Professor Rolnik warns of the dangers of losing public space in cities governed by the logic of privatisation.
At the beginning of June 2017 the urban planner Raquel Rolnik gave the lecture Cities in the Hands of Global Finance at the CCCB. In the interview she gave to Shared Spaces, Rolnik describes, from both political and spatial perspectives, the present-day process in which the public sphere tends to be privatised. If the city is subordinated to the logic of finance capital, contracts and private management, it will also be subject to a system in which the pursuit of economic benefits prevails over citizens’ needs.
She warns, then, about understanding public spaces from the standpoint of physical appearance alone since this has significantly favoured operations of valuing and marketing urban space which have benefitted the real-estate and finance complex. Rolnik believes that nowadays cities are caught up in a conflict between two forces, that of privatisation taking over the public sphere and the opposite movement in which people are taking over public space in a process of resistance against what she refers to as “financialisation”.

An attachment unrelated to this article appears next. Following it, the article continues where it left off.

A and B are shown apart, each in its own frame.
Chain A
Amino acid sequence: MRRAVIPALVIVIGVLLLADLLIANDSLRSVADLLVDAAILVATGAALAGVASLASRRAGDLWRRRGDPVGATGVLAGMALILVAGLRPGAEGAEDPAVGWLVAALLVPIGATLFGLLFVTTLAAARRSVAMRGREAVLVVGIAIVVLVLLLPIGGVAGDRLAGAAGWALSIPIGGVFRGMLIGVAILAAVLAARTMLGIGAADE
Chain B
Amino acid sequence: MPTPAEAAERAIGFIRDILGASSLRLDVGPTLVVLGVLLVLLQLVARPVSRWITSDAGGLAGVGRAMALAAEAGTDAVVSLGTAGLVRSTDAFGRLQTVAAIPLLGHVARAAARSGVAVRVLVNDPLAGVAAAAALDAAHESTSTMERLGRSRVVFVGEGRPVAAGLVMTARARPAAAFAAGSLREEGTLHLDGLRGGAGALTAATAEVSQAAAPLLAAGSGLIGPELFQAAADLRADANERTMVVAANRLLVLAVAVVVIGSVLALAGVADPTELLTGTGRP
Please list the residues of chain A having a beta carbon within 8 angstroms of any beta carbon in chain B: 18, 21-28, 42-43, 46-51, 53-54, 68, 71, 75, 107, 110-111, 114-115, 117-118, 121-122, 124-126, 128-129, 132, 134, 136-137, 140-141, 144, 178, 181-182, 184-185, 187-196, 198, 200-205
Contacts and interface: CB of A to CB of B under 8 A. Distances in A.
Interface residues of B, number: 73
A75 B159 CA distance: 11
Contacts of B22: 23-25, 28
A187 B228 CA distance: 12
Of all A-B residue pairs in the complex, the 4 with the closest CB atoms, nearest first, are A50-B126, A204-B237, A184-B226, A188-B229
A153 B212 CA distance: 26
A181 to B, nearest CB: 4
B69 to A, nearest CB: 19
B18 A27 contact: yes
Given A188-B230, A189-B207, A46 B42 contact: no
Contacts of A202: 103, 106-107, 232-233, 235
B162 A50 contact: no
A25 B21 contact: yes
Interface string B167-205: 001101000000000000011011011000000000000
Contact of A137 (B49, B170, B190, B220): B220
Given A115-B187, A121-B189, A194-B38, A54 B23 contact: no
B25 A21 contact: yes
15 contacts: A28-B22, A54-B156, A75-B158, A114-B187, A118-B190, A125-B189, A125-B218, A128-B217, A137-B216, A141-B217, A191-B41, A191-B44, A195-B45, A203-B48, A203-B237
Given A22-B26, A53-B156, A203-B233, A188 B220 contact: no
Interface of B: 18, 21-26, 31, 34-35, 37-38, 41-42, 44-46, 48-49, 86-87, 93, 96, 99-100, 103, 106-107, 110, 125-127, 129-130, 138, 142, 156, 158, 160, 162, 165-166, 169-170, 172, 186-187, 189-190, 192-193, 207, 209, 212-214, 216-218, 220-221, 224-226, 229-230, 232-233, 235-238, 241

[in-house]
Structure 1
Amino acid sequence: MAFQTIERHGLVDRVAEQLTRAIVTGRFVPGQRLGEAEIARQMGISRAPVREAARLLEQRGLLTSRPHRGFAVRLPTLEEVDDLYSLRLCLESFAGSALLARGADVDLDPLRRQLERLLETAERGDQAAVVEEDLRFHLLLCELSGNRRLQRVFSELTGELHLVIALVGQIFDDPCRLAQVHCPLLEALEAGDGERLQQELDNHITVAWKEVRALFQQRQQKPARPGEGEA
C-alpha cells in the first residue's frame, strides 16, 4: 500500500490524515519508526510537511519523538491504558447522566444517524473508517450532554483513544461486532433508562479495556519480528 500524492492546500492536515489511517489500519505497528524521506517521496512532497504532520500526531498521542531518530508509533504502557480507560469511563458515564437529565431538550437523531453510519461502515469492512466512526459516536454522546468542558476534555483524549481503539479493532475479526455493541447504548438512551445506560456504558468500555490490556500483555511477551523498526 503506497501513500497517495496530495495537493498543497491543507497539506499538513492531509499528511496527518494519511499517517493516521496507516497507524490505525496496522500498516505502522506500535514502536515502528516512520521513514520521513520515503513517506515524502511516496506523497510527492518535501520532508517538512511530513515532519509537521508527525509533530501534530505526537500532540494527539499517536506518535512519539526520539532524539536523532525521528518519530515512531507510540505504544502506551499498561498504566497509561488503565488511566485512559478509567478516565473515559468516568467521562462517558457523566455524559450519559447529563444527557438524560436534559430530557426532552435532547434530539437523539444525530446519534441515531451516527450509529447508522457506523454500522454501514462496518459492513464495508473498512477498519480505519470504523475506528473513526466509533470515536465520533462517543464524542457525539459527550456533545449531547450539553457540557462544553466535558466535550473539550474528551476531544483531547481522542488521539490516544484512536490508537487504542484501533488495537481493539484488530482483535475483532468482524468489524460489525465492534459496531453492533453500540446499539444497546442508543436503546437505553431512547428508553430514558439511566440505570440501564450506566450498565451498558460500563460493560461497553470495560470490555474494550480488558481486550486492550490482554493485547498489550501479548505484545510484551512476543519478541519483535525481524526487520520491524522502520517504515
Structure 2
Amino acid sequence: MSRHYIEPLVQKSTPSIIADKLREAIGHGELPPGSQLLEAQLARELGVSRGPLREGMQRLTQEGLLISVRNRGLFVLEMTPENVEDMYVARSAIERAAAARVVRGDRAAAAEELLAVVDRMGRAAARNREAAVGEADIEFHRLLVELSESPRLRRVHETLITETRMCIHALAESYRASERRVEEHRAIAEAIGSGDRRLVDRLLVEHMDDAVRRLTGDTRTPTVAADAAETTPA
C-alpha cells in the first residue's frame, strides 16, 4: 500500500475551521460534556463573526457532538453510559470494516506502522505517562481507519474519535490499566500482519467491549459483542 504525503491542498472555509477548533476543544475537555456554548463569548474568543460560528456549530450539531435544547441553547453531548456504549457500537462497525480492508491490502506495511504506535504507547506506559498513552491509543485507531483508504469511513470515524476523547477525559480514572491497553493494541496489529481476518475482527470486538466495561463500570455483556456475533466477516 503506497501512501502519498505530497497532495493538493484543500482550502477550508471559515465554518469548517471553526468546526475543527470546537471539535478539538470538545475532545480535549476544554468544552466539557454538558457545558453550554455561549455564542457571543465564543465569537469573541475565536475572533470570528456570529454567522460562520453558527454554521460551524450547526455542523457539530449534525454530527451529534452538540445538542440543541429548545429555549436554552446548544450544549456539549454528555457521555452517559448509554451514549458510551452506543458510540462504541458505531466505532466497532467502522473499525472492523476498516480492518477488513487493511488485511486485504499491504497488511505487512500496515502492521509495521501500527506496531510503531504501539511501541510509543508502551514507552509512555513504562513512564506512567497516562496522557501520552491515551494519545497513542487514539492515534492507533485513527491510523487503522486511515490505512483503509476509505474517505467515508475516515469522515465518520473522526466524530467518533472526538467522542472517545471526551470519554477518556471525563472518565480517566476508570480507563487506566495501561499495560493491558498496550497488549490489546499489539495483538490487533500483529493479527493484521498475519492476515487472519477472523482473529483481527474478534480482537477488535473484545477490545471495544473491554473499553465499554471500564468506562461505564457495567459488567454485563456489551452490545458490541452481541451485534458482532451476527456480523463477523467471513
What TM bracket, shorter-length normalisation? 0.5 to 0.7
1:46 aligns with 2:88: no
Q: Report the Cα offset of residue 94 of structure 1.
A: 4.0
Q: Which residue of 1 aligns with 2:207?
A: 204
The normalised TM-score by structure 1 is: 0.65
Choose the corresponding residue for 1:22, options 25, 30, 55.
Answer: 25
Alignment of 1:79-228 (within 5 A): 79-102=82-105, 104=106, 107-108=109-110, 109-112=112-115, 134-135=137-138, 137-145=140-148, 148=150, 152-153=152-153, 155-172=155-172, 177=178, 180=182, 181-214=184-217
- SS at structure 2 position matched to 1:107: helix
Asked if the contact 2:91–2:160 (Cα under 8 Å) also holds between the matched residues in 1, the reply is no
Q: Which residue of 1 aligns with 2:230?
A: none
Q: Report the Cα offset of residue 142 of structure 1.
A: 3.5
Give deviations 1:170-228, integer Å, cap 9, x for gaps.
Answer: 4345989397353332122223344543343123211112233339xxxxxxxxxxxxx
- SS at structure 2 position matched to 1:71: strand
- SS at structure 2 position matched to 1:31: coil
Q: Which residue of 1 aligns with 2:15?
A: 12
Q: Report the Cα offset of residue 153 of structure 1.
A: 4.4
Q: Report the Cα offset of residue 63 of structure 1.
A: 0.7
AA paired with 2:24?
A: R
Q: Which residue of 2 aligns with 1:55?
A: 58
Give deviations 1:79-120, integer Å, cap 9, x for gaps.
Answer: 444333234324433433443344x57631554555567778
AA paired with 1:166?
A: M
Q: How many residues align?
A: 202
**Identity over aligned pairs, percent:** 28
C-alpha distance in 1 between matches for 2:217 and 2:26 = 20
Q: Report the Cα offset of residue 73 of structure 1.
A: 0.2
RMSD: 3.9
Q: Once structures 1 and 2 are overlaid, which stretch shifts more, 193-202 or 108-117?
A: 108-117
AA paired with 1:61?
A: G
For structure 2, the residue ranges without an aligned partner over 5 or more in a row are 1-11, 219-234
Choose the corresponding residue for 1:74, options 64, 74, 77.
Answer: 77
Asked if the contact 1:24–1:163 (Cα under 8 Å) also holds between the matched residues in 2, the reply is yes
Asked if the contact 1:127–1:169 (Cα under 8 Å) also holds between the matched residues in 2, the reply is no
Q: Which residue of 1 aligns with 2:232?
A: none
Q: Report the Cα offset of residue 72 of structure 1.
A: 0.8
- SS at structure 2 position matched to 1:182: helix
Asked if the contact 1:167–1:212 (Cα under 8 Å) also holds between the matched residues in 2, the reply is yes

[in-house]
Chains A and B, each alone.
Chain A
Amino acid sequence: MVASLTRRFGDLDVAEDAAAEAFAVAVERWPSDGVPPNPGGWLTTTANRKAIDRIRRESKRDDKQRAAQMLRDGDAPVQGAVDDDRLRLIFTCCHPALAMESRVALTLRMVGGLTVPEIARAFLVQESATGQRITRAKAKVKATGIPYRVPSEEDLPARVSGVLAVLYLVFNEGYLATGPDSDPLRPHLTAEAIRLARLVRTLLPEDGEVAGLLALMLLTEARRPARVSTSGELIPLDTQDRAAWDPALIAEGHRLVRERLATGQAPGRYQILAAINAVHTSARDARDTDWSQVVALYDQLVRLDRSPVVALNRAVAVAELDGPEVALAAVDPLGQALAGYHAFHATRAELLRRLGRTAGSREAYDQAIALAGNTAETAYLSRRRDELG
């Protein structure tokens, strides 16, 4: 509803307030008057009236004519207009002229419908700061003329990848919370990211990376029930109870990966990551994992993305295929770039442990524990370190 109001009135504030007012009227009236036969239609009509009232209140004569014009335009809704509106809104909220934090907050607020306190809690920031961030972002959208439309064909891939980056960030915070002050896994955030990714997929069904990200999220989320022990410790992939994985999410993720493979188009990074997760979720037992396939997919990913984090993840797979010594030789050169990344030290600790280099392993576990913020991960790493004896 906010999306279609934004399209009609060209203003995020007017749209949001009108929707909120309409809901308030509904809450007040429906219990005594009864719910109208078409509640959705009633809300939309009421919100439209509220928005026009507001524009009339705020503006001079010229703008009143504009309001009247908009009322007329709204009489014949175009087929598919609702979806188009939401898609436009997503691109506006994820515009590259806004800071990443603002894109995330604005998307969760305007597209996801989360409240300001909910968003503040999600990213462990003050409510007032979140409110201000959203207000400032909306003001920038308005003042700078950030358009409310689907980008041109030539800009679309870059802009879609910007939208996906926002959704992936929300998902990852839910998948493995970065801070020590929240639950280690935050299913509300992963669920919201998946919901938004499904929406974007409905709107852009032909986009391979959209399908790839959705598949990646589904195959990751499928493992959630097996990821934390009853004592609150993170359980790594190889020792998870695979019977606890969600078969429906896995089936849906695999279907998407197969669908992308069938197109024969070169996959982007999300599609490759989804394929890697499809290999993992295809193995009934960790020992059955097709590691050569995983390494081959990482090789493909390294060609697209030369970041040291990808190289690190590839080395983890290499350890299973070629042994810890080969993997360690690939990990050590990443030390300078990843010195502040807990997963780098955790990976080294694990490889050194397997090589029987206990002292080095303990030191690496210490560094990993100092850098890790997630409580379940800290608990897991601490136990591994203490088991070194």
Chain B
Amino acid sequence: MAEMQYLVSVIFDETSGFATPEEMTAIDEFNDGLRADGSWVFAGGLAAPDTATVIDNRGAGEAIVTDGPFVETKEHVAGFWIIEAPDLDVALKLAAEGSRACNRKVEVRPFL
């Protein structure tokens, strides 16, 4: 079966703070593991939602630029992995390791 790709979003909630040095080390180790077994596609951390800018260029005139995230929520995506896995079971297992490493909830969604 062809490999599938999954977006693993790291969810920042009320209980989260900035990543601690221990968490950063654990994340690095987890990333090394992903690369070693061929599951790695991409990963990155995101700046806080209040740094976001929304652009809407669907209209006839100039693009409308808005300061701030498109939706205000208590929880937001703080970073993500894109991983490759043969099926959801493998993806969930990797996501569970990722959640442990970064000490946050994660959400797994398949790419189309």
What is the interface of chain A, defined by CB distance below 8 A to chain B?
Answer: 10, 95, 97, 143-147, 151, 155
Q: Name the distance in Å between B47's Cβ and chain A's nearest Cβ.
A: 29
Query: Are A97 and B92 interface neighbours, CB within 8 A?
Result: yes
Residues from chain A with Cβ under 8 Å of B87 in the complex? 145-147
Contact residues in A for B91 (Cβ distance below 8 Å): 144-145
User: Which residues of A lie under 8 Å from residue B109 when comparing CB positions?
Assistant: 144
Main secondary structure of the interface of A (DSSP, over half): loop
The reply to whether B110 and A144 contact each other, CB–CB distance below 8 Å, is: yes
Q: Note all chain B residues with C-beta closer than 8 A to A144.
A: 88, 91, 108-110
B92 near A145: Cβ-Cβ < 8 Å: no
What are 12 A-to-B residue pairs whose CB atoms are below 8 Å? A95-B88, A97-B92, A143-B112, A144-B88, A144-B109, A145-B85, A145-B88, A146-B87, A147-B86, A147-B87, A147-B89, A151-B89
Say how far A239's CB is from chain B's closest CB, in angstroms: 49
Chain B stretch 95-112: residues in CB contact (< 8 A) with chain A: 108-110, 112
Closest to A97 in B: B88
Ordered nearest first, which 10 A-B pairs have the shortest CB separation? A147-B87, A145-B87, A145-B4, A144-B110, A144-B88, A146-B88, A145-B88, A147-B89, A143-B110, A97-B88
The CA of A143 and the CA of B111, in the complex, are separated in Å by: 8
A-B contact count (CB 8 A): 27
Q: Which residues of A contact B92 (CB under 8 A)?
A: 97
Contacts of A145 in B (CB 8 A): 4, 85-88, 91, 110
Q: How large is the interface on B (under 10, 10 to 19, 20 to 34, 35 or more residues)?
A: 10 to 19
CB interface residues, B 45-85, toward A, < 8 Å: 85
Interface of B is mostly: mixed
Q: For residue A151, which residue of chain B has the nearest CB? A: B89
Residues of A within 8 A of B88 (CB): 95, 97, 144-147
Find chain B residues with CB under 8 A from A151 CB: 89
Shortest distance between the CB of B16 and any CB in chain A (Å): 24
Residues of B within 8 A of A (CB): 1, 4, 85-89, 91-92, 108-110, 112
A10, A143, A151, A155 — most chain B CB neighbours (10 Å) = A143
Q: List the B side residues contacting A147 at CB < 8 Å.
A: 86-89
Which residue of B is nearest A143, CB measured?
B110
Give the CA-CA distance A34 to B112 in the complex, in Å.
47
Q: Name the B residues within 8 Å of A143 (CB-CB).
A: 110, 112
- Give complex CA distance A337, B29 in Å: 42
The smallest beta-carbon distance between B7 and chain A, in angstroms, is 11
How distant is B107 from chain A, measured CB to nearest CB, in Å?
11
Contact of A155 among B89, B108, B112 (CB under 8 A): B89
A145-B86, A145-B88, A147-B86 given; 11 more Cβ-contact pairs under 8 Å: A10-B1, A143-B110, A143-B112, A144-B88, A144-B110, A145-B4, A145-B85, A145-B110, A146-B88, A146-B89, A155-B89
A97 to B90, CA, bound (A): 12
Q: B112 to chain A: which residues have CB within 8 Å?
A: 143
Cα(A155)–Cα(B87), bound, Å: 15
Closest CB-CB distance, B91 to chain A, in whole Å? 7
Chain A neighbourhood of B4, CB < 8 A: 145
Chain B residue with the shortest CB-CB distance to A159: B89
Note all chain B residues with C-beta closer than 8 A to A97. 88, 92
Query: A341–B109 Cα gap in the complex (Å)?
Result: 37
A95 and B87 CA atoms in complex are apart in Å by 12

Rolnik says she has no particular favourite public space. However, she mentions the transformation of Jemaa el-Fnaa Square in Marrakesh since the 1970s from a place where anything could happen to a tourist destination now devoid of meaning.